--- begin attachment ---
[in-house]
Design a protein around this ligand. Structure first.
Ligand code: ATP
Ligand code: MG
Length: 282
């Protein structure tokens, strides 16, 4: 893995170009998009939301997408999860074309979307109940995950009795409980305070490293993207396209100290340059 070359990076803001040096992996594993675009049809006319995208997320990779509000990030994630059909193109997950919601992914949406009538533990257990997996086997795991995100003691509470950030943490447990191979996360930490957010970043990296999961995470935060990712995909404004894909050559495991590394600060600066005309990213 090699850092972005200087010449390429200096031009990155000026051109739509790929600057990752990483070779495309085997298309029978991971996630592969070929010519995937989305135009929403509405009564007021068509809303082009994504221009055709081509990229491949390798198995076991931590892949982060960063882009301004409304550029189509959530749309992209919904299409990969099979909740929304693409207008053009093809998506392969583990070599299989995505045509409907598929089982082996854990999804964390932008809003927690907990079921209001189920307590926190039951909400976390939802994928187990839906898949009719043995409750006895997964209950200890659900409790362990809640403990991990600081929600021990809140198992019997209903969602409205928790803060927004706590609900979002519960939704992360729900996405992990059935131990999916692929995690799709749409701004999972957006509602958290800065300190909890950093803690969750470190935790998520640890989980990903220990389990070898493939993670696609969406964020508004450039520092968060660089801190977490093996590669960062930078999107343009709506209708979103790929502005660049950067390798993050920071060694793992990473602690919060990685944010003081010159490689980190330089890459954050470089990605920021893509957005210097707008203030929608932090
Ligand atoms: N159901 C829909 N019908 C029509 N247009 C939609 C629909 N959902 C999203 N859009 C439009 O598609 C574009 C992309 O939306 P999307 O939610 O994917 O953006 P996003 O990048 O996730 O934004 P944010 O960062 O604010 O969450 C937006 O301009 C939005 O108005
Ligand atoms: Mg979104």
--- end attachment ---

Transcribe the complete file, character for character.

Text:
[in-house]
Design a protein around this ligand. Structure first.
Ligand code: ATP
Ligand code: MG
Length: 282
């Protein structure tokens, strides 16, 4: 893995170009998009939301997408999860074309979307109940995950009795409980305070490293993207396209100290340059 070359990076803001040096992996594993675009049809006319995208997320990779509000990030994630059909193109997950919601992914949406009538533990257990997996086997795991995100003691509470950030943490447990191979996360930490957010970043990296999961995470935060990712995909404004894909050559495991590394600060600066005309990213 090699850092972005200087010449390429200096031009990155000026051109739509790929600057990752990483070779495309085997298309029978991971996630592969070929010519995937989305135009929403509405009564007021068509809303082009994504221009055709081509990229491949390798198995076991931590892949982060960063882009301004409304550029189509959530749309992209919904299409990969099979909740929304693409207008053009093809998506392969583990070599299989995505045509409907598929089982082996854990999804964390932008809003927690907990079921209001189920307590926190039951909400976390939802994928187990839906898949009719043995409750006895997964209950200890659900409790362990809640403990991990600081929600021990809140198992019997209903969602409205928790803060927004706590609900979002519960939704992360729900996405992990059935131990999916692929995690799709749409701004999972957006509602958290800065300190909890950093803690969750470190935790998520640890989980990903220990389990070898493939993670696609969406964020508004450039520092968060660089801190977490093996590669960062930078999107343009709506209708979103790929502005660049950067390798993050920071060694793992990473602690919060990685944010003081010159490689980190330089890459954050470089990605920021893509957005210097707008203030929608932090
Ligand atoms: N159901 C829909 N019908 C029509 N247009 C939609 C629909 N959902 C999203 N859009 C439009 O598609 C574009 C992309 O939306 P999307 O939610 O994917 O953006 P996003 O990048 O996730 O934004 P944010 O960062 O604010 O969450 C937006 O301009 C939005 O108005
Ligand atoms: Mg979104």